There is more than small money at stake. When that shipping company adds enough services, it becomes a logistics company. When it expands its reach, for example by leveraging the Internet, it becomes a global logistics company. When IT facilitates these processes, we move from expanding the company’s scope to transforming it completely.

To give you a non-IT analogy: In China, export quotas were divvied up amongst certain factories. Some of those factory owners found that reselling their access to quota was more profitable than running a factory. They transformed their business from a physical goods manufacturing basis to an export facilitation basis. Management is more likely to see these opportunities if they know that they exist. Letting them know what we can do isn’t bragging, it’s good business.

Ten Cents a Dance

We think of a tough economy as a time for belt tightening and doing without. Sometimes it is a great time to expand your use of consulting help. If a project will save the company customers, improve your relationship with a vendor, or directly increase revenue, getting it done faster might justify bringing in a hired gun. The win-win for IT is that proving the need for consulting help and using it sparingly proves you are company-focused while using it extensively becomes the basis for justifying adding staff.

When you decide on consulting help, ask the cost-benefit questions of yourself before your bosses ask them. Can I peg the consulting cost to a specific benefit? Can I show a time savings by bringing in more help? Will this stop other projects from being delayed? Will extra hands allow us to make an otherwise impossible deadline?

Another reason for bringing in temporary help can they can make your permanent staff smarter? If this is your justification, make sure your staff wants to learn and your consultant is good at teaching. Remember that those of us who are getting taught generally see a value. Those who pay see two-part cost: training costs plus the cost of paying the employee or employees during training. Make sure you know how this additional person will prove enough value to cover both costs.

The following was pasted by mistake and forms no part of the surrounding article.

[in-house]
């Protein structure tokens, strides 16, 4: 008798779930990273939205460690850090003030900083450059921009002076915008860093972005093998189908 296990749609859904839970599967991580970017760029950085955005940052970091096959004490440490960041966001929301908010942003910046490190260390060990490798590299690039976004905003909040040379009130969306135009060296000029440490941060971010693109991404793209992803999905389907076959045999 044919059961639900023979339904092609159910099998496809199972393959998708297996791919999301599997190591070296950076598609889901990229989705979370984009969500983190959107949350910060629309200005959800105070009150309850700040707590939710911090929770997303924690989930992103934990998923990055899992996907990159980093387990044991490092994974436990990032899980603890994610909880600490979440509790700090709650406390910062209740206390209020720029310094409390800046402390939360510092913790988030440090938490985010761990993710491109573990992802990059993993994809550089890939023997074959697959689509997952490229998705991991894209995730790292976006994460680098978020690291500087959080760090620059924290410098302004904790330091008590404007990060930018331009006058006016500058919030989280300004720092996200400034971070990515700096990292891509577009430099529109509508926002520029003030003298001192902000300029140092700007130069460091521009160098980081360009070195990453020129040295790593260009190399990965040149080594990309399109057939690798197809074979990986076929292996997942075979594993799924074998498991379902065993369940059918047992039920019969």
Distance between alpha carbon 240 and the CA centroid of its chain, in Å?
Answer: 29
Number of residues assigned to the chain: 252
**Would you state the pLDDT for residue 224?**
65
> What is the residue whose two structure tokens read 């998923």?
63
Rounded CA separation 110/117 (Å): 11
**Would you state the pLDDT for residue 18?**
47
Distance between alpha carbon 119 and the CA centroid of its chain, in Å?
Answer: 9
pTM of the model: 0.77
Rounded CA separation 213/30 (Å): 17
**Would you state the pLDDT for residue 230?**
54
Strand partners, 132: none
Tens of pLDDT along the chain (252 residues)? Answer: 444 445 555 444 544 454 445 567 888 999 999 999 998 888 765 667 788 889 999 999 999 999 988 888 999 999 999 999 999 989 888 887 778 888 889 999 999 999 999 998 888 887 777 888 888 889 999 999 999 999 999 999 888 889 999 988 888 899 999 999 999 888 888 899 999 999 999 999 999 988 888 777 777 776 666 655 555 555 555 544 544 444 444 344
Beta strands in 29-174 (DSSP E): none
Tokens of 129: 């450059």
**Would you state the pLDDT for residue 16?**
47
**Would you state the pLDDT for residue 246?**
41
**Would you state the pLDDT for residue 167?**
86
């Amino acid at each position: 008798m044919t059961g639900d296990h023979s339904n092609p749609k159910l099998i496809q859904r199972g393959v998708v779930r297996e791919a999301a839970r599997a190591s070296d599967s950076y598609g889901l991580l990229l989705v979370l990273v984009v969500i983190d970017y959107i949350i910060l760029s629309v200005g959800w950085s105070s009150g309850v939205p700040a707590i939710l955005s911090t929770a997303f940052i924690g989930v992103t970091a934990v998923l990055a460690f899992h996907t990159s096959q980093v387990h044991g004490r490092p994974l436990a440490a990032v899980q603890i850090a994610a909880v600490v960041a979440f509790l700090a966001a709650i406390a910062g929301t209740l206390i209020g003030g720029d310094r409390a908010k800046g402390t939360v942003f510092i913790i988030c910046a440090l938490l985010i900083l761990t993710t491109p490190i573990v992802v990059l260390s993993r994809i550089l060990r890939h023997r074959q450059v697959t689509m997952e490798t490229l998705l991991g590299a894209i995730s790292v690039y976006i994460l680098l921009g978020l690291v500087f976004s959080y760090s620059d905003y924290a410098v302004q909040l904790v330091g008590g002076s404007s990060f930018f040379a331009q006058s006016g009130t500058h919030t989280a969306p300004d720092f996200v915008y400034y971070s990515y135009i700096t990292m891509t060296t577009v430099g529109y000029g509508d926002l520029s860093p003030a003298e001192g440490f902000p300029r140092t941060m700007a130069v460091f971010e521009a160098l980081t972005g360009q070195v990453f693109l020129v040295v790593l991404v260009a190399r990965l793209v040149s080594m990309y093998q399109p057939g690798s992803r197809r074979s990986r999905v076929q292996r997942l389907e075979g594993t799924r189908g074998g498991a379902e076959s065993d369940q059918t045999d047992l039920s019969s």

Can’t Buy Me Love

IT managers please note. If IT services are offered free to customers, insist that the value be treated as an inter-company transfer from Marketing or Sales. If they use the service you provide, they should — on paper — pay for it. Other departments do this all the time so their expenses are not exaggerated. Likewise, when you order a new desktop for Johnny in Billing, be sure the expense is recorded to Billing and not IT. If your Finance department will not support that, keep records yourself. When the owner/stockholders/bosses ask where the money went, it is handy to be able to show just how little of IT’s budget was spent on IT. It is especially handy if us IT people, the folks who make reports, can accurately present details on who spent what for which project or purpose.

Money is about income and outflow. Outflow becomes an accountability issue. When we don’t account for it, it becomes an “IT is costing too much issue.” I don’t mind getting a black eye for overspending if I’m the one overspending. It hurts twice as much when I get one for someone else’s actions. It hurts triple when I could have blocked it with one ledger sheet and didn’t take the time to defend myself.

While keeping better track won’t buy you love, it might buy you respect.


Charles Barouch is the CTO of HDWP, Inc. He is also a regular contributor to International Spectrum Magazine, a former Associate Editor for both Database Trends and for Gateways Magazine, a former distance learning Instructor for CALC. He is presently the Past President of the U2UG. Mr. Barouch has presented technology and business topics in front of hundreds of companies, in a wide range of product and service categories. He is available for on-site speaking and consulting engagements in and out of the United States.

View more articles


Jan/Feb 2011